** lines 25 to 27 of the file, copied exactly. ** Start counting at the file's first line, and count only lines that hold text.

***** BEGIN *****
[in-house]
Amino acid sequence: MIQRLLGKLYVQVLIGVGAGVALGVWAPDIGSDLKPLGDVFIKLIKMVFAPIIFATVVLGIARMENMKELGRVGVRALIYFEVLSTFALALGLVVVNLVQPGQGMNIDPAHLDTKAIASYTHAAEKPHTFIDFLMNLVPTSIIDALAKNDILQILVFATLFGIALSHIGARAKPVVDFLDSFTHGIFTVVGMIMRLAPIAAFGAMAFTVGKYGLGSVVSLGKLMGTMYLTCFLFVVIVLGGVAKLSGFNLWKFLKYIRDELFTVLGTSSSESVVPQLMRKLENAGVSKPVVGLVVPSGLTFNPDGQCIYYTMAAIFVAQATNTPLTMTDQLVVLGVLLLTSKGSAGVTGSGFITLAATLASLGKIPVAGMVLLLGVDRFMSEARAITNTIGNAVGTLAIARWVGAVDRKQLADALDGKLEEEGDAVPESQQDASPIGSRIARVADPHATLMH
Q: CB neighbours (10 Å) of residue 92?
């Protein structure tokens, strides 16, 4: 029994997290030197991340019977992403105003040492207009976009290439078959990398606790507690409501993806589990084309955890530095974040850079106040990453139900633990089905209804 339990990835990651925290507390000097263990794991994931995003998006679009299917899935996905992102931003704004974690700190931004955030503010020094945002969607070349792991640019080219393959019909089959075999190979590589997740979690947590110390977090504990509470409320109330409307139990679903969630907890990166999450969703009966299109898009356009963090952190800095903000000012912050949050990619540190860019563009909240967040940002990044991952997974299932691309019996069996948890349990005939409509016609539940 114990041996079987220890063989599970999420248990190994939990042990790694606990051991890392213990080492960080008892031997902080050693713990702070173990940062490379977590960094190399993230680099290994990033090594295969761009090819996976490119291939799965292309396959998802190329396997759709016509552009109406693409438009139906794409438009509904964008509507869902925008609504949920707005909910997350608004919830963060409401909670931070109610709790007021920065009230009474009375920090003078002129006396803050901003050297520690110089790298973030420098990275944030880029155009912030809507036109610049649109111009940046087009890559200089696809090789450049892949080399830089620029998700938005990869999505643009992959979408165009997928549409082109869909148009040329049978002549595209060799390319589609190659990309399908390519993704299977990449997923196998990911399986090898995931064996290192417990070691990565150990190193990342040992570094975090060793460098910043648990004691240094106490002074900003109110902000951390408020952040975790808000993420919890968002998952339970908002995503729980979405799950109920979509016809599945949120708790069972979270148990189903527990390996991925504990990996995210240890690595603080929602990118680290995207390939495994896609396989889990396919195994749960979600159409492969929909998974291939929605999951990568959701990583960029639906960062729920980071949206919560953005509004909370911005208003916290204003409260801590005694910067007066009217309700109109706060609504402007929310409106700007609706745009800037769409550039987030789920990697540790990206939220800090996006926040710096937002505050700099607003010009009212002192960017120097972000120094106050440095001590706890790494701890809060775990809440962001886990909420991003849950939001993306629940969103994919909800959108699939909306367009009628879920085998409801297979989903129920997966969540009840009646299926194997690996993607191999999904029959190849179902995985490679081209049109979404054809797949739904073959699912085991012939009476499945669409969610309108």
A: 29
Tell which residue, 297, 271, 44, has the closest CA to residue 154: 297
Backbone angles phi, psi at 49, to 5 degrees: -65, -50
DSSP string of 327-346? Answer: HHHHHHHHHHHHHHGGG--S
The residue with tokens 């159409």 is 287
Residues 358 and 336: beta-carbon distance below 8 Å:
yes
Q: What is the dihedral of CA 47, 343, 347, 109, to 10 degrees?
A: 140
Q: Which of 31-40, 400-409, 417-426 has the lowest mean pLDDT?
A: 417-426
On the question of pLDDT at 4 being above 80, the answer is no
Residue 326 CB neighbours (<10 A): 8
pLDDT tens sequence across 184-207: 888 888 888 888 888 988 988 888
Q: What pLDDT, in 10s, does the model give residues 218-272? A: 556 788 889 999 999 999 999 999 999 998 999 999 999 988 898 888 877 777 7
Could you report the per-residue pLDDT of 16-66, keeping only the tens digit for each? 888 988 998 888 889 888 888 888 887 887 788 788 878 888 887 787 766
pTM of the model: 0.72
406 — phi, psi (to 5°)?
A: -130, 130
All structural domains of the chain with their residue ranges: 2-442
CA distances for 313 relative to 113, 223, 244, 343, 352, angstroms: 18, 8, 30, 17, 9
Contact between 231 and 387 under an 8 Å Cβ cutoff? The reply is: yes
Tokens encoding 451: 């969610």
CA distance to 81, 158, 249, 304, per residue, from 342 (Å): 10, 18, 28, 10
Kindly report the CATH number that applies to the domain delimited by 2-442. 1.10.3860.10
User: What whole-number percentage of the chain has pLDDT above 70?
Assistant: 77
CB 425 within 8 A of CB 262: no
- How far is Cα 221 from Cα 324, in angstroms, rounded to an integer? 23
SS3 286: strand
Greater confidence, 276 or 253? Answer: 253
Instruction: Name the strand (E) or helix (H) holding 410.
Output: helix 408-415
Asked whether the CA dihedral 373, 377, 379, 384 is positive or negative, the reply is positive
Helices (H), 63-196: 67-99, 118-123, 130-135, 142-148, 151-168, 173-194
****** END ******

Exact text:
CA distances for 313 relative to 113, 223, 244, 343, 352, angstroms: 18, 8, 30, 17, 9
Contact between 231 and 387 under an 8 Å Cβ cutoff? The reply is: yes
Tokens encoding 451: 């969610």